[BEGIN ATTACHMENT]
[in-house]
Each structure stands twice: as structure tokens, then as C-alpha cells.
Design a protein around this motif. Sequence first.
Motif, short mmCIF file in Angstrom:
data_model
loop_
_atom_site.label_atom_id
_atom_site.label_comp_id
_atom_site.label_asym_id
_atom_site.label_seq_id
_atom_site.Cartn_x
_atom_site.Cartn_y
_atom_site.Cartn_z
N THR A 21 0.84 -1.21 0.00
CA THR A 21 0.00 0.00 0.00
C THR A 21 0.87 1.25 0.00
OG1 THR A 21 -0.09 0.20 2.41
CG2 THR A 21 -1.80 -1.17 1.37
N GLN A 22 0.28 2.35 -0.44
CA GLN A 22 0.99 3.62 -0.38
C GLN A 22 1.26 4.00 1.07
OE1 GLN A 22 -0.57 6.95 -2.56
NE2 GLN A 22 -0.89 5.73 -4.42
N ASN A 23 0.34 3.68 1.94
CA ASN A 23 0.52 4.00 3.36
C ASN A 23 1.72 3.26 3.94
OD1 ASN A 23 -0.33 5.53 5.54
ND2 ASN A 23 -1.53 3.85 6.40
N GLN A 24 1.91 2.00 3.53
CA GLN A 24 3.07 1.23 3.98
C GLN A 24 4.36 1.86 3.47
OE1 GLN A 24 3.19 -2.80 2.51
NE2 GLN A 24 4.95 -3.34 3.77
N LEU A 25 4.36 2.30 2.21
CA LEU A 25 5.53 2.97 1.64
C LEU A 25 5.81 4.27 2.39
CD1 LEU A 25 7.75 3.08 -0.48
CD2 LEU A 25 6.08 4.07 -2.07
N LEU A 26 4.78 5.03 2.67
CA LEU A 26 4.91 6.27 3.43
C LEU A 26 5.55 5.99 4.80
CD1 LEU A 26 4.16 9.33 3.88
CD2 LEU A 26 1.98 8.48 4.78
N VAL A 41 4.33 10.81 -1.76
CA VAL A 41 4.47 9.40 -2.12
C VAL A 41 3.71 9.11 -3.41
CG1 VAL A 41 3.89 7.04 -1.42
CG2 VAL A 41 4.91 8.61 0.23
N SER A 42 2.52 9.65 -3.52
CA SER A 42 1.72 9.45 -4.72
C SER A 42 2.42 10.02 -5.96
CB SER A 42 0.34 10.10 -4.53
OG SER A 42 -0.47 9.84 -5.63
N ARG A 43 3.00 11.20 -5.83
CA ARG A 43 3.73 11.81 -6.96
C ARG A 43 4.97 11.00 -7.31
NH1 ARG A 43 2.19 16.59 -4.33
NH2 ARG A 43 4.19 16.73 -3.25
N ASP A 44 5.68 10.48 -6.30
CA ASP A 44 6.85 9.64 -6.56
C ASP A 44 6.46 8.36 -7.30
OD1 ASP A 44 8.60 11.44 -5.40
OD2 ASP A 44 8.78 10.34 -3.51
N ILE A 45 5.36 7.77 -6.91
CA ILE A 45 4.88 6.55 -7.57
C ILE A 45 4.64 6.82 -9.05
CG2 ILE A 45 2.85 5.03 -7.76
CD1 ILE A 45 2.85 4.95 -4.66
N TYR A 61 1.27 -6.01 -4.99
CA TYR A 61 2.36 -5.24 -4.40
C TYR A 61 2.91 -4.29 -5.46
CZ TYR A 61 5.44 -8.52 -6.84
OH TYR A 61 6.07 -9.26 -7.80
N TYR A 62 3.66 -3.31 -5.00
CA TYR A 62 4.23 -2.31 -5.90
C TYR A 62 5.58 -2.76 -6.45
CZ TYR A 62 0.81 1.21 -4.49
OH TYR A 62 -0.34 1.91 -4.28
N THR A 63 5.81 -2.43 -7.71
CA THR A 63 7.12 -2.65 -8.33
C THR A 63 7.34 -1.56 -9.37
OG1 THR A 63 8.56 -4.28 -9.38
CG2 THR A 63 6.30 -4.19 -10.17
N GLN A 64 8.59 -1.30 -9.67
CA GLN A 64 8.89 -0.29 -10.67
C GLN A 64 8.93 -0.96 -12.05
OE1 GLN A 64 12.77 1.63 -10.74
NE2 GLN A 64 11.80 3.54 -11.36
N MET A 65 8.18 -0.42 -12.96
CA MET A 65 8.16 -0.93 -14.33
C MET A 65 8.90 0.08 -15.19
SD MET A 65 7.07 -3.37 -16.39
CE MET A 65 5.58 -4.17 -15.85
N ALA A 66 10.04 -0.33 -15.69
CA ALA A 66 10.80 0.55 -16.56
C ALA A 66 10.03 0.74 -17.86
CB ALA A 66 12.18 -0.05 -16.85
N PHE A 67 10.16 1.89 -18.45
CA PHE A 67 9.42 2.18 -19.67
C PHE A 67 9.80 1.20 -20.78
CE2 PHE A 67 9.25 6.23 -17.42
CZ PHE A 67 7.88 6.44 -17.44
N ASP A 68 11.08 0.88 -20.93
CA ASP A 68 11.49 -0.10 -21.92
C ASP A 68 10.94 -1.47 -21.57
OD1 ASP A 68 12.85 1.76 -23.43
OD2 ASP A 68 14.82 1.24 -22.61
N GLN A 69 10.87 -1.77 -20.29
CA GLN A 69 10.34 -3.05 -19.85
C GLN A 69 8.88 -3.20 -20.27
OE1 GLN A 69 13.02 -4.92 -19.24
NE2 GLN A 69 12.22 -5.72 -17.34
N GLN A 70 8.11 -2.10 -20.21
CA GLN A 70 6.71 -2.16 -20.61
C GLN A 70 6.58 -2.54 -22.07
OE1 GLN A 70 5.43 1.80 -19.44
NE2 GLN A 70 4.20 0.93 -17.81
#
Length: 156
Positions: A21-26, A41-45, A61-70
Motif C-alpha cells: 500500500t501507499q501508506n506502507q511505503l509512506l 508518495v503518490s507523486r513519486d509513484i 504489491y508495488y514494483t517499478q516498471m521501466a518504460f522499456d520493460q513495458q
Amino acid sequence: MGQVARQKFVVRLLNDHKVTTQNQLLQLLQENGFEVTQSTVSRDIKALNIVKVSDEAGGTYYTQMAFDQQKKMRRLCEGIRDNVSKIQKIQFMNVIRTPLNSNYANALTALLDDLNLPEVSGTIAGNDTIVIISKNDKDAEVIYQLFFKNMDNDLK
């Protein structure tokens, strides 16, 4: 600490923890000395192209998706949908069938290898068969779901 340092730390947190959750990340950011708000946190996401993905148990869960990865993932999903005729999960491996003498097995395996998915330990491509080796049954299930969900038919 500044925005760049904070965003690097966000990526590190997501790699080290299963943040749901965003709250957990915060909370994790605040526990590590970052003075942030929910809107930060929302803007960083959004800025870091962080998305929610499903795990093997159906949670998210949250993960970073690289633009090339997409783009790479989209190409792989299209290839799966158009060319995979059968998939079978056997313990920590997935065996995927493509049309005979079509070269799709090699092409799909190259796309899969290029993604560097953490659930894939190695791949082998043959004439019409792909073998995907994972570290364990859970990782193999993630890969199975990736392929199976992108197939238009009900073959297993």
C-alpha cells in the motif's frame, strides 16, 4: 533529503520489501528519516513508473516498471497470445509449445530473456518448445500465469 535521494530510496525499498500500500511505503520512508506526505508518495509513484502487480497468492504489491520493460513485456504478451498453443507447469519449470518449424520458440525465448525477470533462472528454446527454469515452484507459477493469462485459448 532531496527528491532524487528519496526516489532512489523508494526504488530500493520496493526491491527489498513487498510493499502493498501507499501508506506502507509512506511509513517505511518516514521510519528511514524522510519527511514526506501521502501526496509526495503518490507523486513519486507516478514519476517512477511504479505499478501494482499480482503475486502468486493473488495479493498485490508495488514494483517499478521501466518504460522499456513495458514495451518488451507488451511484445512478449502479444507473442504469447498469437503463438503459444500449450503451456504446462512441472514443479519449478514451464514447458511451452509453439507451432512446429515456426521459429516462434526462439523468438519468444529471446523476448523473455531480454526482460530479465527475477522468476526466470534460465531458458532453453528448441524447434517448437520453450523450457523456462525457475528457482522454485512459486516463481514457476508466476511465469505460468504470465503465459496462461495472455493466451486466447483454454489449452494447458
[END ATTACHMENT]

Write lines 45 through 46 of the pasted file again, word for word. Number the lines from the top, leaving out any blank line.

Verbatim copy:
CA VAL A 41 4.47 9.40 -2.12
C VAL A 41 3.71 9.11 -3.41